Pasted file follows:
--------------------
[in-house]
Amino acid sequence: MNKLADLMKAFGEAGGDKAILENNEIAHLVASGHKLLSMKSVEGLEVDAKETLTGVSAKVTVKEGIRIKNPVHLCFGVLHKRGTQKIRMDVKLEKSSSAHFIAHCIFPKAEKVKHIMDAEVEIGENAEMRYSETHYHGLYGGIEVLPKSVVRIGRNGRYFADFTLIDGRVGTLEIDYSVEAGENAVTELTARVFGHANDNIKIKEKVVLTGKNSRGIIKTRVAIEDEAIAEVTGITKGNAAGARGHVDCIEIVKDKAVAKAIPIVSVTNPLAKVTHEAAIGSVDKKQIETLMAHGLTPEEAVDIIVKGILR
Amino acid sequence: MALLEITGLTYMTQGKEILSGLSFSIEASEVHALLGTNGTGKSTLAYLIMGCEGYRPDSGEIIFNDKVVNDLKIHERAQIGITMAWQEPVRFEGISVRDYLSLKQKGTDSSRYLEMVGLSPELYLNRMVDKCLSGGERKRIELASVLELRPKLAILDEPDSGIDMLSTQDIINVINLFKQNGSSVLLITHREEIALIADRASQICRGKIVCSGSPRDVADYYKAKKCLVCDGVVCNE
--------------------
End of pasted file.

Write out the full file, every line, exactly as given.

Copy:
[in-house]
Amino acid sequence: MNKLADLMKAFGEAGGDKAILENNEIAHLVASGHKLLSMKSVEGLEVDAKETLTGVSAKVTVKEGIRIKNPVHLCFGVLHKRGTQKIRMDVKLEKSSSAHFIAHCIFPKAEKVKHIMDAEVEIGENAEMRYSETHYHGLYGGIEVLPKSVVRIGRNGRYFADFTLIDGRVGTLEIDYSVEAGENAVTELTARVFGHANDNIKIKEKVVLTGKNSRGIIKTRVAIEDEAIAEVTGITKGNAAGARGHVDCIEIVKDKAVAKAIPIVSVTNPLAKVTHEAAIGSVDKKQIETLMAHGLTPEEAVDIIVKGILR
Amino acid sequence: MALLEITGLTYMTQGKEILSGLSFSIEASEVHALLGTNGTGKSTLAYLIMGCEGYRPDSGEIIFNDKVVNDLKIHERAQIGITMAWQEPVRFEGISVRDYLSLKQKGTDSSRYLEMVGLSPELYLNRMVDKCLSGGERKRIELASVLELRPKLAILDEPDSGIDMLSTQDIINVINLFKQNGSSVLLITHREEIALIADRASQICRGKIVCSGSPRDVADYYKAKKCLVCDGVVCNE